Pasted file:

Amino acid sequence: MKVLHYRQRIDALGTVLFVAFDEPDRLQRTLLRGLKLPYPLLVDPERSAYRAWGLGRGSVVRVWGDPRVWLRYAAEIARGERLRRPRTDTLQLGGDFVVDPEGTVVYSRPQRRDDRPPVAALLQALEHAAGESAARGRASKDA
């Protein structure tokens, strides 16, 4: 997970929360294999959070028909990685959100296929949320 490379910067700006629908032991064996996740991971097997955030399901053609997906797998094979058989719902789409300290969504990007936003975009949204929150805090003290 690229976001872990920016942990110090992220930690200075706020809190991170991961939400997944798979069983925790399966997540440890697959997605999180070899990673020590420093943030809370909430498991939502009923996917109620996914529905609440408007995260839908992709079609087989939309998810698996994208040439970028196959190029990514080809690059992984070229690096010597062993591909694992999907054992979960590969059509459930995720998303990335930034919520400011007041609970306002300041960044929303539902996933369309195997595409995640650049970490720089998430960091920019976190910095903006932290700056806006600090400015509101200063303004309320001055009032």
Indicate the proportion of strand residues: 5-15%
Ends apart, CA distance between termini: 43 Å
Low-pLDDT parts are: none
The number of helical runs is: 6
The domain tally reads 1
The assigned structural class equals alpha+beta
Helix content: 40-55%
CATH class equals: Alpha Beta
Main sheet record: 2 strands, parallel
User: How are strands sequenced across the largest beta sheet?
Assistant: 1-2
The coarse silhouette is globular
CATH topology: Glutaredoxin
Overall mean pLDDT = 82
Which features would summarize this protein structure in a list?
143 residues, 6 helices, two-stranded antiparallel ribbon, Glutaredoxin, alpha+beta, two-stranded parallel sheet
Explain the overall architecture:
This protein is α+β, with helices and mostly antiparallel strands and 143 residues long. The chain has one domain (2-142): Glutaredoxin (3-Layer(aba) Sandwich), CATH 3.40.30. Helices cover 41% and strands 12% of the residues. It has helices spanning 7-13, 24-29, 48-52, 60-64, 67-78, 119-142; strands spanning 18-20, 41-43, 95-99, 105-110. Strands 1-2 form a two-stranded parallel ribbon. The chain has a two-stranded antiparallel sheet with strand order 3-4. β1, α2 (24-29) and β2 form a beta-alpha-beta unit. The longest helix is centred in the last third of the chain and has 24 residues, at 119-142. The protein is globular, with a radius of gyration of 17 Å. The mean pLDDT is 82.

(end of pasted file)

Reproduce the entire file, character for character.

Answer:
Amino acid sequence: MKVLHYRQRIDALGTVLFVAFDEPDRLQRTLLRGLKLPYPLLVDPERSAYRAWGLGRGSVVRVWGDPRVWLRYAAEIARGERLRRPRTDTLQLGGDFVVDPEGTVVYSRPQRRDDRPPVAALLQALEHAAGESAARGRASKDA
């Protein structure tokens, strides 16, 4: 997970929360294999959070028909990685959100296929949320 490379910067700006629908032991064996996740991971097997955030399901053609997906797998094979058989719902789409300290969504990007936003975009949204929150805090003290 690229976001872990920016942990110090992220930690200075706020809190991170991961939400997944798979069983925790399966997540440890697959997605999180070899990673020590420093943030809370909430498991939502009923996917109620996914529905609440408007995260839908992709079609087989939309998810698996994208040439970028196959190029990514080809690059992984070229690096010597062993591909694992999907054992979960590969059509459930995720998303990335930034919520400011007041609970306002300041960044929303539902996933369309195997595409995640650049970490720089998430960091920019976190910095903006932290700056806006600090400015509101200063303004309320001055009032």
Indicate the proportion of strand residues: 5-15%
Ends apart, CA distance between termini: 43 Å
Low-pLDDT parts are: none
The number of helical runs is: 6
The domain tally reads 1
The assigned structural class equals alpha+beta
Helix content: 40-55%
CATH class equals: Alpha Beta
Main sheet record: 2 strands, parallel
User: How are strands sequenced across the largest beta sheet?
Assistant: 1-2
The coarse silhouette is globular
CATH topology: Glutaredoxin
Overall mean pLDDT = 82
Which features would summarize this protein structure in a list?
143 residues, 6 helices, two-stranded antiparallel ribbon, Glutaredoxin, alpha+beta, two-stranded parallel sheet
Explain the overall architecture:
This protein is α+β, with helices and mostly antiparallel strands and 143 residues long. The chain has one domain (2-142): Glutaredoxin (3-Layer(aba) Sandwich), CATH 3.40.30. Helices cover 41% and strands 12% of the residues. It has helices spanning 7-13, 24-29, 48-52, 60-64, 67-78, 119-142; strands spanning 18-20, 41-43, 95-99, 105-110. Strands 1-2 form a two-stranded parallel ribbon. The chain has a two-stranded antiparallel sheet with strand order 3-4. β1, α2 (24-29) and β2 form a beta-alpha-beta unit. The longest helix is centred in the last third of the chain and has 24 residues, at 119-142. The protein is globular, with a radius of gyration of 17 Å. The mean pLDDT is 82.